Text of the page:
Suggestions that the lack of a plan will lead to a charge of concrete mixers rolling into the English countryside are completely unfounded. Even in cases where there is no local plan new development will still have to conform to the framework, which clearly sets out that it must be well located, well designed and sustainable.
In truth authorities have had many years to put in place local plans. But the reality is they seldom saw it as worthwhile. Six years after the 2004 Planning Act, only 1 in 7 councils had adopted Core Strategies. Why? Big government took the big decisions. There was simply no motivation for them to do it. And who can forget the resented, top-down Regional Spatial Strategies? Forcing houses on places and green belt deletions on places that didn’t want them. If there is one big change in planning today - it’s that we are finally consigning the last of that regional rubbish to the dustbin of failed policies - where they belong.
Despite lobbying from all sides - from developers to environmental groups, the framework has been quietly working and getting on with the job. We’re seeing the right decisions made. Less appeals, less challenges, and less overturning. Fewer planning appeals, means more local decision-making. Nearly 9 in 10 planning applications are now approved - a 10 year high. There will always be exceptional cases where things don’t go according to plan, but they should not be used as evidence that the system is failing. In fact more than 2,300 major residential decisions have already been taken successfully since the introduction of the framework and that number is rising daily.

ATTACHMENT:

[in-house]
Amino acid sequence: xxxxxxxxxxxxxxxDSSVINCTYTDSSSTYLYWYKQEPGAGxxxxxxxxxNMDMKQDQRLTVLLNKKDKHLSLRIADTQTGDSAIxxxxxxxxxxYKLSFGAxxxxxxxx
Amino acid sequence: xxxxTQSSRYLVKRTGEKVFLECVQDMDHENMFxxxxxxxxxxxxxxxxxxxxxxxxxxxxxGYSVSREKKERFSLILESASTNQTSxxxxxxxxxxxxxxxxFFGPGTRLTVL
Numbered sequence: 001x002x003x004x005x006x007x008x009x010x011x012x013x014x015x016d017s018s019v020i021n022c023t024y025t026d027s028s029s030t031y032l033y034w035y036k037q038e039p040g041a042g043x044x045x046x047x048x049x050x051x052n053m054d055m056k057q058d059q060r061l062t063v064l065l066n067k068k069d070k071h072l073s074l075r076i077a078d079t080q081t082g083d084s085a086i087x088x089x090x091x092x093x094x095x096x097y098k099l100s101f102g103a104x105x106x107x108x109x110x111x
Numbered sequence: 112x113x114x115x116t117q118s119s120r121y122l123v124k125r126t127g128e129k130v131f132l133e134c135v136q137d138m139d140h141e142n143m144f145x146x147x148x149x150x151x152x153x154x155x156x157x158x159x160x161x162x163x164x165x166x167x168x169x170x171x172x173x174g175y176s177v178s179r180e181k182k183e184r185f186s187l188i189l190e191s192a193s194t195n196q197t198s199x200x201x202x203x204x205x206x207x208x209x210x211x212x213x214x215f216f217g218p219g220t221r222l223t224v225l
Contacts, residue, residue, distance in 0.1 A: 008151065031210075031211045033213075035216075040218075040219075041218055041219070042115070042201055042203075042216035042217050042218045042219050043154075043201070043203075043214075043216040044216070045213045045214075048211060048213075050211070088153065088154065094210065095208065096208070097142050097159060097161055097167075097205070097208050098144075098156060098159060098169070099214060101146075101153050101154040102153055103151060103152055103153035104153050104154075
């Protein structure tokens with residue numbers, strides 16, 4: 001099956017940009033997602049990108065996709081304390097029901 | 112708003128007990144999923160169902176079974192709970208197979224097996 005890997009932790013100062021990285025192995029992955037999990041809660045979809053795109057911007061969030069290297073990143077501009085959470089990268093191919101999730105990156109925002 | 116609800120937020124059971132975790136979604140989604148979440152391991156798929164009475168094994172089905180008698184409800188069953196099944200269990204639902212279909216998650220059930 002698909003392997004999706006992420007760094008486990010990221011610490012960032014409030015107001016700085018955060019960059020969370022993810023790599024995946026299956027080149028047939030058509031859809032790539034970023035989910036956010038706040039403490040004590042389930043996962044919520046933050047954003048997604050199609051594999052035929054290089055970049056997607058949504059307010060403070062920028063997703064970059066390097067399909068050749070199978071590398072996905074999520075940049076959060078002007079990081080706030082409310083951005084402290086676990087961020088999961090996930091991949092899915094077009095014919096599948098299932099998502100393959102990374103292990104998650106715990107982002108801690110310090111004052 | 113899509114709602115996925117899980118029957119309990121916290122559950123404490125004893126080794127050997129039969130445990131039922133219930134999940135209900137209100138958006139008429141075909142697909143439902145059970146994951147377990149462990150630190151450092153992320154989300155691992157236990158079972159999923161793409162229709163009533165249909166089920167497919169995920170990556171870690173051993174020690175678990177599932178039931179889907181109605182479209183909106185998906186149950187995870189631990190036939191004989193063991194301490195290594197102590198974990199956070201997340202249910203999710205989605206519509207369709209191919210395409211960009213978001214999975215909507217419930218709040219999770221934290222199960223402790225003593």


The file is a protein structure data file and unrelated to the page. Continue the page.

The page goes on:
It’s also important to remember that the changes to our planning system go far beyond the National Planning Policy Framework and they’ve been happening since May 2010. We’ve abolished top down bureaucracy with the introduction of the Localism Act, which has given neighbourhoods greater powers to do things for themselves through neighbourhood planning, whether that’s taking over community assets, adopting the community right to build or stopping unwanted garden grabbing.
And we shouldn’t forget something else either. All of the work we’ve done so far has 2 ultimate goals, to protect our glorious countryside but also to encourage responsible building. England had become a place where people couldn’t get a house for love nor money. House building had fallen to its lowest peacetime rates since the 1920s. Families were trapped in ‘rabbit hutch’ homes too small for their needs, forced by Whitehall density targets and parking limits. Where tenants couldn’t move on. Where ailing infrastructure held us back. This government won’t give up on helping people with aspirations to get on.
We couldn’t bequeath such an inheritance to the next generation. We couldn’t ignore that. Because we don’t just want to be admired for our great heritage. We want to build the well-designed family homes with gardens and parking that people want: housing that stands the test of time. Our groundbreaking reforms will help us achieve that aim. They will help us forge anew our reputation in the world. And they will help us leave a legacy that our children, and their children after them, can be rightly proud of.